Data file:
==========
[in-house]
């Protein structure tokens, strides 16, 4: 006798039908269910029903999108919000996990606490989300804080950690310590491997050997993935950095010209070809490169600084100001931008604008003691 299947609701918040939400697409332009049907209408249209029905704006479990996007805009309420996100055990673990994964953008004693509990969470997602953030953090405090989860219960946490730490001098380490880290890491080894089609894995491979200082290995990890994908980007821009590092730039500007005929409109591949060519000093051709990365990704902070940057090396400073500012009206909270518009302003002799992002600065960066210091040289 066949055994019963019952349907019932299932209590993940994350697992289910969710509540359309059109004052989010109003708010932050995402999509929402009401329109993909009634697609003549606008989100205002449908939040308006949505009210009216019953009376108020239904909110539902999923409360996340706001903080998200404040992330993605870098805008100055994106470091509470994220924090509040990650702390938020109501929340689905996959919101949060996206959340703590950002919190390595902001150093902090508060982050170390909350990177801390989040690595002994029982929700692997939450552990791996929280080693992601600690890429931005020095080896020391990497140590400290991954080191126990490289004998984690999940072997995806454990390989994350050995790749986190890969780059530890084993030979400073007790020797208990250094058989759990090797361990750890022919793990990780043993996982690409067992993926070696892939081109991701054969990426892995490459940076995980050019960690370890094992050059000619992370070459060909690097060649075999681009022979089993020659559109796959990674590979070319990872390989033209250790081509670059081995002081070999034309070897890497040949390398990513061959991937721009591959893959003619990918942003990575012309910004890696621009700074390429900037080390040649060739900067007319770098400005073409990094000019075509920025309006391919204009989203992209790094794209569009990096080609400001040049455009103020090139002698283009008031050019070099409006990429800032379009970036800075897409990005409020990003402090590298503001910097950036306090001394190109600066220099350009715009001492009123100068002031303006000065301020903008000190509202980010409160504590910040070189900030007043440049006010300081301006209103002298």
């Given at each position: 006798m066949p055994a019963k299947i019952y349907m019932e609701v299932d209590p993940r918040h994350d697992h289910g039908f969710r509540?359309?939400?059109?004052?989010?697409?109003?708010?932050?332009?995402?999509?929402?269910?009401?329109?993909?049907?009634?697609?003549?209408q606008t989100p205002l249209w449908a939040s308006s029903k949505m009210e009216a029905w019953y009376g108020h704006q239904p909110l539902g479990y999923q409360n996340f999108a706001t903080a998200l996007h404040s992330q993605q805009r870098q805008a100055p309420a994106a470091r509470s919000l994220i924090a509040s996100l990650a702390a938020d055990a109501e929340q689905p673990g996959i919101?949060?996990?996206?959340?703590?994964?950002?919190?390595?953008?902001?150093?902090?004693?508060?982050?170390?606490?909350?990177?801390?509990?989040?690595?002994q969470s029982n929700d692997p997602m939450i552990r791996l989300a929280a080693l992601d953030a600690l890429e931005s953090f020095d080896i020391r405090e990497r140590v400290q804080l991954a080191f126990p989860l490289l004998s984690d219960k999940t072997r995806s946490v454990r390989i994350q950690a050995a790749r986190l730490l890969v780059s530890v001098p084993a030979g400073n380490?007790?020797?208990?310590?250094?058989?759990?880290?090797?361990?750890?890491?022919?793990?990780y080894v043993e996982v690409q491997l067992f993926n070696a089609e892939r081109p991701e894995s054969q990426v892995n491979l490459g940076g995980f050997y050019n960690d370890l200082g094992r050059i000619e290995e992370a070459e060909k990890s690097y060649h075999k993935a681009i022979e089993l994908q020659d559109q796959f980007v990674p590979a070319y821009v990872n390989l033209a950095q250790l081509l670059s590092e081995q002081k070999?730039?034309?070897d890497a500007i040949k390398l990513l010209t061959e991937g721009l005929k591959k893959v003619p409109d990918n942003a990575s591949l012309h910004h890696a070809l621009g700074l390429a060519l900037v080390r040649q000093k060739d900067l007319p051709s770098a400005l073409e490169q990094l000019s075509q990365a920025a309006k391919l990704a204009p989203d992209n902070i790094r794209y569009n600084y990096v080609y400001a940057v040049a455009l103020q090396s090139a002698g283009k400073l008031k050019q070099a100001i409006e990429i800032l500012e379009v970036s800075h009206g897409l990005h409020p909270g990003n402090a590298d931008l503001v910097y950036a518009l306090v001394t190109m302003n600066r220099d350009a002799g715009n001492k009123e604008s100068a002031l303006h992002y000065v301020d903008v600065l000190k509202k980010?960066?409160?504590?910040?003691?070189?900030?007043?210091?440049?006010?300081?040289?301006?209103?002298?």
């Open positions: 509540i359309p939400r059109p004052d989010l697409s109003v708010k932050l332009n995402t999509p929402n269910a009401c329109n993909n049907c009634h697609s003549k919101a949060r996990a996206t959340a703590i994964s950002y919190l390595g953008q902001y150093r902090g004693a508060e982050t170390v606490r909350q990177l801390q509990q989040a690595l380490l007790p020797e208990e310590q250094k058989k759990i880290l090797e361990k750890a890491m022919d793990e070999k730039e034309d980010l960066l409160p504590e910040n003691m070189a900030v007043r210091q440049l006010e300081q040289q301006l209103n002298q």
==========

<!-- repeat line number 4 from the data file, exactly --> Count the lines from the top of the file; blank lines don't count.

């Open positions: 509540i359309p939400r059109p004052d989010l697409s109003v708010k932050l332009n995402t999509p929402n269910a009401c329109n993909n049907c009634h697609s003549k919101a949060r996990a996206t959340a703590i994964s950002y919190l390595g953008q902001y150093r902090g004693a508060e982050t170390v606490r909350q990177l801390q509990q989040a690595l380490l007790p020797e208990e310590q250094k058989k759990i880290l090797e361990k750890a890491m022919d793990e070999k730039e034309d980010l960066l409160p504590e910040n003691m070189a900030v007043r210091q440049l006010e300081q040289q301006l209103n002298q």